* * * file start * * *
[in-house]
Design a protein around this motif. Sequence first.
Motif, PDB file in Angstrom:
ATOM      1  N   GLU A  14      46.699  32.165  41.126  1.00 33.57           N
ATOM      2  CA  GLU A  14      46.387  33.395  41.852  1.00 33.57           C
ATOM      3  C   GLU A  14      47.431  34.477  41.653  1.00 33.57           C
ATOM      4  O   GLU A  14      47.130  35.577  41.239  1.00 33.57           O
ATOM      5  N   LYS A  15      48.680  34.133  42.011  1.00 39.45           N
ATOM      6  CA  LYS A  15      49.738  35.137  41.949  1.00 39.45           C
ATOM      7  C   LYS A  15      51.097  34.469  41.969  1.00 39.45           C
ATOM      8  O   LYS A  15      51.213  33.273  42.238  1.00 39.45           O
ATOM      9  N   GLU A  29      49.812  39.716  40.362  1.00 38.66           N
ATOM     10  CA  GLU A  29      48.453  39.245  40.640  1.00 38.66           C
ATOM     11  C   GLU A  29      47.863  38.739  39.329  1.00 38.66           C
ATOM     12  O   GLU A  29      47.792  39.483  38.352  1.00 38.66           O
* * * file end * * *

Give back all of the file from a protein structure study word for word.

[in-house]
Design a protein around this motif. Sequence first.
Motif, PDB file in Angstrom:
ATOM      1  N   GLU A  14      46.699  32.165  41.126  1.00 33.57           N
ATOM      2  CA  GLU A  14      46.387  33.395  41.852  1.00 33.57           C
ATOM      3  C   GLU A  14      47.431  34.477  41.653  1.00 33.57           C
ATOM      4  O   GLU A  14      47.130  35.577  41.239  1.00 33.57           O
ATOM      5  N   LYS A  15      48.680  34.133  42.011  1.00 39.45           N
ATOM      6  CA  LYS A  15      49.738  35.137  41.949  1.00 39.45           C
ATOM      7  C   LYS A  15      51.097  34.469  41.969  1.00 39.45           C
ATOM      8  O   LYS A  15      51.213  33.273  42.238  1.00 39.45           O
ATOM      9  N   GLU A  29      49.812  39.716  40.362  1.00 38.66           N
ATOM     10  CA  GLU A  29      48.453  39.245  40.640  1.00 38.66           C
ATOM     11  C   GLU A  29      47.863  38.739  39.329  1.00 38.66           C
ATOM     12  O   GLU A  29      47.792  39.483  38.352  1.00 38.66           O